Proliferating Limits: Capitalist Dynamics, Oikonomia and Border Technologies

Implicit or not, there persists a view of capitalism in which the border is understood as extraneous to the inherent tendencies of capital. In this, capital and the state are regarded as distinctive logics, the first inclined to overtake limits, the second emphasising limit as such. […]

From my chapter in J. Hutnyk (ed), Beyond Borders.  And the full text below the fold ..

1. Oikonomic Limits

Implicit or not, there persists a view of capitalism in which the border is understood as extraneous to the inherent tendencies of capital. In this, capital and the state are regarded as distinctive logics, the first inclined to overtake limits, the second emphasising limit as such. The continuing existence of the latter, oftentimes regarded as the perseverance of archaic, pre-capitalist forms is barely explained, except by reference to the extent to which they might be deemed to be anomalous or functional, and therefore, in either case, inessential. In brief, the state is viewed as an instrument of protection against, or obstacle to, the abstractions of capital. Oddly enough, this is often a premise that both critics and proponents of capitalism share. On the one hand, there is the assertion that capitalism is inherently progressive; which is to say, that the regular appearances of racism, sexism or any similar recourse to often violently hierarchical distinctions is considered anachronistic, incompatible with the basically egalitarian principles of capital. On the other hand, there is a more or less tacit argument which construes family, race and/or nation as a sanctuary from the abstracting violence of the transactional, the exploitative, or what are considered to be the degrading effects of technology. According to this perspective, the resort to, say, nationalism is an understandable means to restore dignity in the face of alienation.Along these lines, and in some ostensibly radical critiques of capitalism, it often seems sufficient to cite fragments from Marx so as to confirm the assumption that capitalism is intrinsically destructive of the seemingly traditional bonds of nation, family and race. To be sure, in the Grundrisse Marx wrote that “capital drives beyond national barriers and prejudices as much as beyond nature worship, as well as all traditional, confined, complacent, encrusted satisfactions of personal needs, and reproductions of ways of life” (1973: 410). And, Marx and Engels had occasion to invoke the cataclysmic terminus of capitalism in corresponding terms. Most famously, in the Communist Manifesto they wrote: “All fixed, fast-frozen relations, with their train of ancient and venerable prejudices and opinions, are swept away, all new-formed ones become antiquated before they can ossify. All that is solid melts into air … and man is at last compelled to face with sober senses his real conditions of life, and his relations with his kind” (1848).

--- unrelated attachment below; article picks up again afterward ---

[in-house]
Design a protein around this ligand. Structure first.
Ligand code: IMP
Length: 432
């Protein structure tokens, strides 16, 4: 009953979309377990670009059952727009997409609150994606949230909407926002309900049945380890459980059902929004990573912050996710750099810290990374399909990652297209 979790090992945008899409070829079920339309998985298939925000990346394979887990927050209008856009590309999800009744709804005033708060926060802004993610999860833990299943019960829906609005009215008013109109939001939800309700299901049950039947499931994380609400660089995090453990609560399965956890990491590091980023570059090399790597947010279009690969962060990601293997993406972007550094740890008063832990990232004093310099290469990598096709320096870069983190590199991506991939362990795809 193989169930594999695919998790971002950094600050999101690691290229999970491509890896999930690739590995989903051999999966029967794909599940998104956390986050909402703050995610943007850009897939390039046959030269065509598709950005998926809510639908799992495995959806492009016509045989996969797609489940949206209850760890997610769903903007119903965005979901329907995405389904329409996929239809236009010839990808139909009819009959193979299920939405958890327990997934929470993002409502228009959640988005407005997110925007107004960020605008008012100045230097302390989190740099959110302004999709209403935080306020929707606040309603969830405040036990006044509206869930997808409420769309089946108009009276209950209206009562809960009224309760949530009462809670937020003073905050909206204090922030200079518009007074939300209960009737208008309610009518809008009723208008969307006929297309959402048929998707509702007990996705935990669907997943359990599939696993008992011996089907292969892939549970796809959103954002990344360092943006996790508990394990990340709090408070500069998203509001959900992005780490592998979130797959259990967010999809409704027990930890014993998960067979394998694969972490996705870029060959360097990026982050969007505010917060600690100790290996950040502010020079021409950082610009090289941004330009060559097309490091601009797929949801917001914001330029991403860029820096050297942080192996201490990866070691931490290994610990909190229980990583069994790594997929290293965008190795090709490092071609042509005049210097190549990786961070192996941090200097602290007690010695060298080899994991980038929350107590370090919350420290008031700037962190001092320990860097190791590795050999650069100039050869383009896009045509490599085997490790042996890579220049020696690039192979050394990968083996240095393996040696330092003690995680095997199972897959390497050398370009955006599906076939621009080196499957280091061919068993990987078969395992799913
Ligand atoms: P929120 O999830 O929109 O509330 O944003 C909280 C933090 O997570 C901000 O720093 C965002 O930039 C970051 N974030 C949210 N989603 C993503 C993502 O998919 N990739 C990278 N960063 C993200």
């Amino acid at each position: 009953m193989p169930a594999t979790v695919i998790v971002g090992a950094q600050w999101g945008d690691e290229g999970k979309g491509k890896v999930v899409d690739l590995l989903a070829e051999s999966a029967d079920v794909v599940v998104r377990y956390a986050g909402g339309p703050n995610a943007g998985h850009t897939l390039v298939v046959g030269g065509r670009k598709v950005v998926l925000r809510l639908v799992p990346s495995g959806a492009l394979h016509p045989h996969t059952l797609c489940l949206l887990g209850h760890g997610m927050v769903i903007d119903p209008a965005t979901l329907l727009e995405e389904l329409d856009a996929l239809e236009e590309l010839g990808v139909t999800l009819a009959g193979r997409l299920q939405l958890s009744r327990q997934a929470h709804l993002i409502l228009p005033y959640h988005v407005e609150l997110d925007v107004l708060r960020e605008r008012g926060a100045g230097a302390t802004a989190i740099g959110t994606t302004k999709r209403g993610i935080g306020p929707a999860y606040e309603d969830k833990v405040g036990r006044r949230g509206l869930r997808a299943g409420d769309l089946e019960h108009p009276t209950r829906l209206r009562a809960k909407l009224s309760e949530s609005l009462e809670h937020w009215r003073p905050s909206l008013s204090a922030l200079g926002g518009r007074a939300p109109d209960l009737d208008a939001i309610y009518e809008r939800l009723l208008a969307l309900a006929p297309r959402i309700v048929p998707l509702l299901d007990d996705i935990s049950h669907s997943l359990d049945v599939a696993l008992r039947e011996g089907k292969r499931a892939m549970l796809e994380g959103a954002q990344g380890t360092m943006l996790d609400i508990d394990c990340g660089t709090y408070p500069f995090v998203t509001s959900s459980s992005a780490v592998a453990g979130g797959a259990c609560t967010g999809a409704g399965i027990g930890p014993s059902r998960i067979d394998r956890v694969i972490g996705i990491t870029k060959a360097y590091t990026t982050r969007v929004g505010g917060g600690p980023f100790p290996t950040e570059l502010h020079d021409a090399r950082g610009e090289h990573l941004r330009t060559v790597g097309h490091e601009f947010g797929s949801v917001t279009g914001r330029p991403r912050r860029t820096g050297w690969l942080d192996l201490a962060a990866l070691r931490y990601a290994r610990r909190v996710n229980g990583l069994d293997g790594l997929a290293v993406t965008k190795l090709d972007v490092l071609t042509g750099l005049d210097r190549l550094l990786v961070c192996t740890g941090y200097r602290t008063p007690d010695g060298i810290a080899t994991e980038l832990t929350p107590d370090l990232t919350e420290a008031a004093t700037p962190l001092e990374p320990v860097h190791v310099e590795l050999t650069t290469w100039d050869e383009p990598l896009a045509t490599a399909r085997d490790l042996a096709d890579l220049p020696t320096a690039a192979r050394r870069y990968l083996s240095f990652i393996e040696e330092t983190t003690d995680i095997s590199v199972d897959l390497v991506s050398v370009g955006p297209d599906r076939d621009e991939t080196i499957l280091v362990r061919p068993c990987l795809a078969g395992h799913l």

Yet, the theory that capitalism is defined by the surpassing of limits – or what might be referred to in more current terms as deterritorialisation (Deleuze and Guattari, 2002) – is not Marx’s argument but, to mention one of the most emphatic of its advocates, Karl Polanyi’s (2001). Recently, Polanyi’s theory has been revived, perhaps not surprisingly in the wake of the financial crisis of 2007-08. David Bollier (2009) has recapitulated Polanyi’s distinction between markets and – as Bollier puts it – the “sovereign dynamics” of “land and human beings,” in what amounts to a naturalist definition of “the commons.” Joseph Stiglitz,i in his foreword to the recent republication of Polanyi’s Great Transformation, has suggested that Polanyi’s “arguments – and his concerns – are consonant with the issues raised by the rioters and marchers who took to the streets in Seattle and Prague in 1999 and 2000 to oppose the international financial institutions” (2001:vii). Undoubtedly, it might to some seem prudent or reasonable to confuse Polanyi’s theory with that of Marx, not least given the use of similar terms such as “the commons,” and the conflation of anti-capitalism and anti-finance that was apparent in the so-called anti-globalisation protests. Michael Hardt and Antonio Negri (2009) have argued for a distinction between the commons and the common; while Fred Moten and Stefano Harney have – I think more interestingly – insisted on attention to the “undercommons.” Moreover, the depiction of the protests referred to earlier as ‘anti-globalisation’ campaigns was always a matter of open dispute. Yet, the inclination, despite these efforts, remains. And, it has resurfaced in the wake of the most recent financial crisis as the denunciation of speculative excess and in calls for re-regulation (by Stiglitz and others). There is, perhaps, an affective purchase in the limit, in the boundary that one assumes limits capitalism but, as it turns out, restores and expands it at the same time, recuperating the tendency of rebellion into the re-imposition of austerity. The movements against austerity, in Europe and elsewhere, are not only challenged by the resurgence of ultra-nationalism – as with the fascist campaigns against migrants in Greece – but also hampered by a theory of the limit that, as I will argue, is deeply complicit with a politics of austerity in its romanticisation of a naturalist account of the commons, free labour, the state, and obligation (that is, debt).ii